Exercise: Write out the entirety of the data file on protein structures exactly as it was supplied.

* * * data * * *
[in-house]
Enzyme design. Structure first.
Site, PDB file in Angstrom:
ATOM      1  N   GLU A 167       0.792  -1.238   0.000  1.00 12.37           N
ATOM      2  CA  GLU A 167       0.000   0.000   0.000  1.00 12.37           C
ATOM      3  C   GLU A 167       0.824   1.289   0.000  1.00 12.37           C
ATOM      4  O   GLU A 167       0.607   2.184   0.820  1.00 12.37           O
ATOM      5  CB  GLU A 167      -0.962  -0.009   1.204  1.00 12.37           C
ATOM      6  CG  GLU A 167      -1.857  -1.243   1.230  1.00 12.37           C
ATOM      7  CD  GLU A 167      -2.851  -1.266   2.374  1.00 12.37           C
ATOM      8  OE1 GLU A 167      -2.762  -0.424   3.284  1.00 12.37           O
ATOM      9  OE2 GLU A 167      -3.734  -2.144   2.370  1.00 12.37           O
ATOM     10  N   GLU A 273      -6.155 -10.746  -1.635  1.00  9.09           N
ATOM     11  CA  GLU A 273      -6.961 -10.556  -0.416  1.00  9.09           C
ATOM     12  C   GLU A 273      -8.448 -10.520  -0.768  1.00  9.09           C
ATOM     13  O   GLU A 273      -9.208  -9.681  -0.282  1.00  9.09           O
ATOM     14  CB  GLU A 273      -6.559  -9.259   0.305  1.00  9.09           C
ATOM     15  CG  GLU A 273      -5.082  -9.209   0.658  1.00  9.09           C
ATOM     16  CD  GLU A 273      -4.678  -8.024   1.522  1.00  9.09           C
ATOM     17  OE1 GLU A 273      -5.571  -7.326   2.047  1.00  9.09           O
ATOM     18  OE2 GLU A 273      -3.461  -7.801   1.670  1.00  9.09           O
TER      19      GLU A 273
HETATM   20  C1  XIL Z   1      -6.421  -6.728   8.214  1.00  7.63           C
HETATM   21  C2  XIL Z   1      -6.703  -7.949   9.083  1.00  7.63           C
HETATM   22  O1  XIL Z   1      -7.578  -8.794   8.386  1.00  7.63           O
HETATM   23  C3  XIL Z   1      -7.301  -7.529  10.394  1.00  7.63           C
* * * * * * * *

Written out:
[in-house]
Enzyme design. Structure first.
Site, PDB file in Angstrom:
ATOM      1  N   GLU A 167       0.792  -1.238   0.000  1.00 12.37           N
ATOM      2  CA  GLU A 167       0.000   0.000   0.000  1.00 12.37           C
ATOM      3  C   GLU A 167       0.824   1.289   0.000  1.00 12.37           C
ATOM      4  O   GLU A 167       0.607   2.184   0.820  1.00 12.37           O
ATOM      5  CB  GLU A 167      -0.962  -0.009   1.204  1.00 12.37           C
ATOM      6  CG  GLU A 167      -1.857  -1.243   1.230  1.00 12.37           C
ATOM      7  CD  GLU A 167      -2.851  -1.266   2.374  1.00 12.37           C
ATOM      8  OE1 GLU A 167      -2.762  -0.424   3.284  1.00 12.37           O
ATOM      9  OE2 GLU A 167      -3.734  -2.144   2.370  1.00 12.37           O
ATOM     10  N   GLU A 273      -6.155 -10.746  -1.635  1.00  9.09           N
ATOM     11  CA  GLU A 273      -6.961 -10.556  -0.416  1.00  9.09           C
ATOM     12  C   GLU A 273      -8.448 -10.520  -0.768  1.00  9.09           C
ATOM     13  O   GLU A 273      -9.208  -9.681  -0.282  1.00  9.09           O
ATOM     14  CB  GLU A 273      -6.559  -9.259   0.305  1.00  9.09           C
ATOM     15  CG  GLU A 273      -5.082  -9.209   0.658  1.00  9.09           C
ATOM     16  CD  GLU A 273      -4.678  -8.024   1.522  1.00  9.09           C
ATOM     17  OE1 GLU A 273      -5.571  -7.326   2.047  1.00  9.09           O
ATOM     18  OE2 GLU A 273      -3.461  -7.801   1.670  1.00  9.09           O
TER      19      GLU A 273
HETATM   20  C1  XIL Z   1      -6.421  -6.728   8.214  1.00  7.63           C
HETATM   21  C2  XIL Z   1      -6.703  -7.949   9.083  1.00  7.63           C
HETATM   22  O1  XIL Z   1      -7.578  -8.794   8.386  1.00  7.63           O
HETATM   23  C3  XIL Z   1      -7.301  -7.529  10.394  1.00  7.63           C